4 Syntax coloring
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Ruby

It is well known what you get if you multiply six by nine. This gives one solution:

puts (6 * 9).to_s(13)
puts (6 * 9).to_s(13)

Python

A variant of Tupper's self-referential formula:

# Based loosely on http://www.pypedia.com/index.php/Tupper_self_referential_formula
k = 17 * (
    (2**17)**0 * 0b11100000000000000 +
    (2**17)**1 * 0b00100000000000000 +
    (2**17)**2 * 0b00100000000000000 +
    (2**17)**3 * 0b11111000000000000 +
    (2**17)**4 * 0b00100000000000000 +
    (2**17)**5 * 0b00000000000000000 +
    (2**17)**6 * 0b01001000000000000 +
    (2**17)**7 * 0b10011000000000000 +
    (2**17)**8 * 0b10011000000000000 +
    (2**17)**9 * 0b01101000000000000 +
0)
# or if you prefer, k=int('4j6h0e8x4fl0deshova5fsap4gq0glw0lc',36)

def f(x,y):
    return y // 17 // 2**(x * 17 + y % 17) % 2 > 0.5
for y in range(k + 16, k + 11, -1):
    print("".join(" @"[f(x, y)] for x in range(10)))
# Based loosely on http://www.pypedia.com/index.php/Tupper_self_referential_formula
k = 17 * (
    (2**17)**0 * 0b11100000000000000 +
    (2**17)**1 * 0b00100000000000000 +
    (2**17)**2 * 0b00100000000000000 +
    (2**17)**3 * 0b11111000000000000 +
    (2**17)**4 * 0b00100000000000000 +
    (2**17)**5 * 0b00000000000000000 +
    (2**17)**6 * 0b01001000000000000 +
    (2**17)**7 * 0b10011000000000000 +
    (2**17)**8 * 0b10011000000000000 +
    (2**17)**9 * 0b01101000000000000 +
0)
# or if you prefer, k=int('4j6h0e8x4fl0deshova5fsap4gq0glw0lc',36)

def f(x,y):
    return y // 17 // 2**(x * 17 + y % 17) % 2 > 0.5
for y in range(k + 16, k + 11, -1):
    print("".join(" @"[f(x, y)] for x in range(10)))

Output:

@  @   @@ 
@  @  @  @
@@@@@    @
   @   @@ 
   @  @@@@

Ruby

It is well known what you get if you multiply six by nine. This gives one solution:

puts (6 * 9).to_s(13)

Python

A variant of Tupper's self-referential formula:

# Based loosely on http://www.pypedia.com/index.php/Tupper_self_referential_formula
k = 17 * (
    (2**17)**0 * 0b11100000000000000 +
    (2**17)**1 * 0b00100000000000000 +
    (2**17)**2 * 0b00100000000000000 +
    (2**17)**3 * 0b11111000000000000 +
    (2**17)**4 * 0b00100000000000000 +
    (2**17)**5 * 0b00000000000000000 +
    (2**17)**6 * 0b01001000000000000 +
    (2**17)**7 * 0b10011000000000000 +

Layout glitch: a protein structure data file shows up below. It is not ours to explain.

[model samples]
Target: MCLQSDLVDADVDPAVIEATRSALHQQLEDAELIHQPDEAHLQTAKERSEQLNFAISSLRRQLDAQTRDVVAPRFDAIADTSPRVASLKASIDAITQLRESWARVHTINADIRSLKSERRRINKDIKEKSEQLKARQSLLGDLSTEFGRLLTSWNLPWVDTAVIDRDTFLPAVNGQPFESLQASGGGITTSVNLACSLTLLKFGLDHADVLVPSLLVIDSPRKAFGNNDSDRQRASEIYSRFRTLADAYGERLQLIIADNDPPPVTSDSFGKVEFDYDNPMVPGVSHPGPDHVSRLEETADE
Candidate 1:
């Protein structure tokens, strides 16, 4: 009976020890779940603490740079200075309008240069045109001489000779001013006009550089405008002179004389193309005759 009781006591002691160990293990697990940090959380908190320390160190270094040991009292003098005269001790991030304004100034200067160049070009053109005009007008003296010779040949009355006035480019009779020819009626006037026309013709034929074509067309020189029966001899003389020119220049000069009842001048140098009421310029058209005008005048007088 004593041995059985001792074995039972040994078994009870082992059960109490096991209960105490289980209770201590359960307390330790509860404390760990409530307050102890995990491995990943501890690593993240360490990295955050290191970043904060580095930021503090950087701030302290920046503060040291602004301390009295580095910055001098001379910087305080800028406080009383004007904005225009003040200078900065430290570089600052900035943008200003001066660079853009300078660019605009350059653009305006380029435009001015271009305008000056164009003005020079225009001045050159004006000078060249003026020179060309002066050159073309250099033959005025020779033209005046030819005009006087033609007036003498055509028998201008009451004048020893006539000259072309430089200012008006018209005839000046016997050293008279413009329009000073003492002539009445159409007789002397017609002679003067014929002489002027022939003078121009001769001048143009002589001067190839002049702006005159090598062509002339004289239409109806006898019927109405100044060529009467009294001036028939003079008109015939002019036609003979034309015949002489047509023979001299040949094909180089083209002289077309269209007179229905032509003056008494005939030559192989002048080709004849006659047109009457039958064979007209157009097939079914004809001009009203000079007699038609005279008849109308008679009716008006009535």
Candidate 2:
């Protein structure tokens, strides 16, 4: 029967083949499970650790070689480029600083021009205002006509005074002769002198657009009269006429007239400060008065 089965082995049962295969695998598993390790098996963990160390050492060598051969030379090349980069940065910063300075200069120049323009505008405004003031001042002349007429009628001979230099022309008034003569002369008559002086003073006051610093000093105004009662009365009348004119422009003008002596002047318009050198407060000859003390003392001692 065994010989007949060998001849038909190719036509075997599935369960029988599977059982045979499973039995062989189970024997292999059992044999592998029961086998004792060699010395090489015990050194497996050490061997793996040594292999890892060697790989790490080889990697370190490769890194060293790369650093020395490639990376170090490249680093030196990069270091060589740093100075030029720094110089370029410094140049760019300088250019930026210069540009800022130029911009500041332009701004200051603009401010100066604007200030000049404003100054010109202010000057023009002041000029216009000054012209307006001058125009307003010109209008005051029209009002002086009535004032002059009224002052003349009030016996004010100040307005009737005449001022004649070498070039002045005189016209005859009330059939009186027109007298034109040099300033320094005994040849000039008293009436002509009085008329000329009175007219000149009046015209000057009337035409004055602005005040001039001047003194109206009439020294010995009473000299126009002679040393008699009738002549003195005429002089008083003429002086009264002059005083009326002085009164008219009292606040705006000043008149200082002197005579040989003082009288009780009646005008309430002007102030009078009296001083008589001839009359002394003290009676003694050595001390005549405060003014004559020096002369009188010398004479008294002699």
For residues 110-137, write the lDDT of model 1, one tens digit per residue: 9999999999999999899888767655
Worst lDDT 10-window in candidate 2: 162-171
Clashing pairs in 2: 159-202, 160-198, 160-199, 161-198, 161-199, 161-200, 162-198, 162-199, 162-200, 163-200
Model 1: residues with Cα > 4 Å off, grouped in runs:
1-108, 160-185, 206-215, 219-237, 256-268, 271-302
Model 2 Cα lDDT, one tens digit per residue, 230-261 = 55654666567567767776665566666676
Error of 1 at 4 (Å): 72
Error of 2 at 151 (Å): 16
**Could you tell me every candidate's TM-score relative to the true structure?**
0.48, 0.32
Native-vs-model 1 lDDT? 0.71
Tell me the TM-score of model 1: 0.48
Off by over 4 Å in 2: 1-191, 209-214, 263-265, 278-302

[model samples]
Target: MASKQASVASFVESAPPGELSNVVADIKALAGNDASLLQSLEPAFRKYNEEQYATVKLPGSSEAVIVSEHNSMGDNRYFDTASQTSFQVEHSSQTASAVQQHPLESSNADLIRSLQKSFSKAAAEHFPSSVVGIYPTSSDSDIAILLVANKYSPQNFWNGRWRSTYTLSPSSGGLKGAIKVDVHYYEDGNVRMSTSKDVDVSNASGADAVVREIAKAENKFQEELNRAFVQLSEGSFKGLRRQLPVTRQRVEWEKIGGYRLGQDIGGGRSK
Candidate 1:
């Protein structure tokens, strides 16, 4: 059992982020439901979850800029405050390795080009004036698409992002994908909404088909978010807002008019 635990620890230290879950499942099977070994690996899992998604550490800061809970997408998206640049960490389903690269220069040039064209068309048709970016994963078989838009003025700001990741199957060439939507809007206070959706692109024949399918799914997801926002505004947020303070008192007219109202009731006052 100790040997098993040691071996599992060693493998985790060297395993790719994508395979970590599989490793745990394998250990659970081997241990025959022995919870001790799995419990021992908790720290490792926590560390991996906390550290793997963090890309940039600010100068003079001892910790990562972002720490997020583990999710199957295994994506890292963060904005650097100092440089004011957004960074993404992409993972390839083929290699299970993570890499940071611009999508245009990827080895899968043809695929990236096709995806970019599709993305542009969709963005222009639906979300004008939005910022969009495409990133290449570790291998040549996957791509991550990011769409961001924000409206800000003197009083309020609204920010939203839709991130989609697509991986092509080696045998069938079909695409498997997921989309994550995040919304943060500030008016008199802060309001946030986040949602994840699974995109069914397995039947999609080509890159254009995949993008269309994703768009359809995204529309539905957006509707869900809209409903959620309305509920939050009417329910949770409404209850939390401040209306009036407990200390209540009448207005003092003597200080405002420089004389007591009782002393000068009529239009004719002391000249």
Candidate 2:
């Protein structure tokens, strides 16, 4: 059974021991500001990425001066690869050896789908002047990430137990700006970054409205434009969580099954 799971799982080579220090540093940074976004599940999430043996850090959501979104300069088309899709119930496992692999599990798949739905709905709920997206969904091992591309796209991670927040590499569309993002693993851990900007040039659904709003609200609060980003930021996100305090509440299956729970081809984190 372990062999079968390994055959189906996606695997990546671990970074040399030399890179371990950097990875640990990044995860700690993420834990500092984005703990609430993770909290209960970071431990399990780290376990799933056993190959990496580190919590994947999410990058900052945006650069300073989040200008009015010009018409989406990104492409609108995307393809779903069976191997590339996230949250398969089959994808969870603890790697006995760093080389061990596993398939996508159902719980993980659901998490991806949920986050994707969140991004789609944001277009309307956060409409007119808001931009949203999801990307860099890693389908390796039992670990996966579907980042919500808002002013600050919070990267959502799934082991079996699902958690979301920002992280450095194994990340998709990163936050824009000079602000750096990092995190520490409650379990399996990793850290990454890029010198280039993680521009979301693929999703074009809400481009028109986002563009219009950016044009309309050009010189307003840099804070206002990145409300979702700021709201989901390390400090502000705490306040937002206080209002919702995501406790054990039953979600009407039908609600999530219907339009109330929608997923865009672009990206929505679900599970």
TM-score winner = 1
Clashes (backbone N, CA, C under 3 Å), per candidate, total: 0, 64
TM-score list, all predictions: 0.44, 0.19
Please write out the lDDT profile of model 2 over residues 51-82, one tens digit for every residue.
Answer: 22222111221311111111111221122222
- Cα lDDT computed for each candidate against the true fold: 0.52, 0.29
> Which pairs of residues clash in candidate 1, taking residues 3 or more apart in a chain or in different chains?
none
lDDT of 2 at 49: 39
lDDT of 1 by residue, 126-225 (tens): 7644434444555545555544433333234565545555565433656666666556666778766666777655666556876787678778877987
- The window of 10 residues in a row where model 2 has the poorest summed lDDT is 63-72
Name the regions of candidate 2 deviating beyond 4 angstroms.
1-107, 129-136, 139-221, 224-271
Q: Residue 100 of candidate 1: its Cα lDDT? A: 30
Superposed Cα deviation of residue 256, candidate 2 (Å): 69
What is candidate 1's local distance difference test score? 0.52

(2**17)**8 * 0b10011000000000000 +
    (2**17)**9 * 0b01101000000000000 +
0)
# or if you prefer, k=int('4j6h0e8x4fl0deshova5fsap4gq0glw0lc',36)

def f(x,y):
    return y // 17 // 2**(x * 17 + y % 17) % 2 > 0.5
for y in range(k + 16, k + 11, -1):
    print("".join(" @"[f(x, y)] for x in range(10)))

Output:

@  @   @@ 
@  @  @  @
@@@@@    @
   @   @@ 
   @  @@@@

Ruby

It is well known what you get if you multiply six by nine. This gives one solution:

puts (6 * 9).to_s(13)

Python

A variant of Tupper's self-referential formula:

# Based loosely on http://www.pypedia.com/index.php/Tupper_self_referential_formula
k = 17 * (
    (2**17)**0 * 0b11100000000000000 +
    (2**17)**1 * 0b00100000000000000 +
    (2**17)**2 * 0b00100000000000000 +
    (2**17)**3 * 0b11111000000000000 +
    (2**17)**4 * 0b00100000000000000 +
    (2**17)**5 * 0b00000000000000000 +
    (2**17)**6 * 0b01001000000000000 +
    (2**17)**7 * 0b10011000000000000 +
    (2**17)**8 * 0b10011000000000000 +
    (2**17)**9 * 0b01101000000000000 +
0)
# or if you prefer, k=int('4j6h0e8x4fl0deshova5fsap4gq0glw0lc',36)

def f(x,y):
    return y // 17 // 2**(x * 17 + y % 17) % 2 > 0.5
for y in range(k + 16, k + 11, -1):
    print("".join(" @"[f(x, y)] for x in range(10)))

Output:

@  @   @@ 
@  @  @  @
@@@@@    @
   @   @@ 
   @  @@@@
3 added 5 characters in body
source | link

Ruby

It is well known what you get if you multiply six by nine. This gives one solution:

puts (6 * 9).to_s(13)
 

Python

A variant of Tupper's self-referential formula:

# Based loosely on http://www.pypedia.com/index.php/Tupper_self_referential_formula
k = 17 * (
    (2**17)**0 * 0b11100000000000000 +
    (2**17)**1 * 0b00100000000000000 +
    (2**17)**2 * 0b00100000000000000 +
    (2**17)**3 * 0b11111000000000000 +
    (2**17)**4 * 0b00100000000000000 +
    (2**17)**5 * 0b00000000000000000 +
    (2**17)**6 * 0b01001000000000000 +
    (2**17)**7 * 0b10011000000000000 +
    (2**17)**8 * 0b10011000000000000 +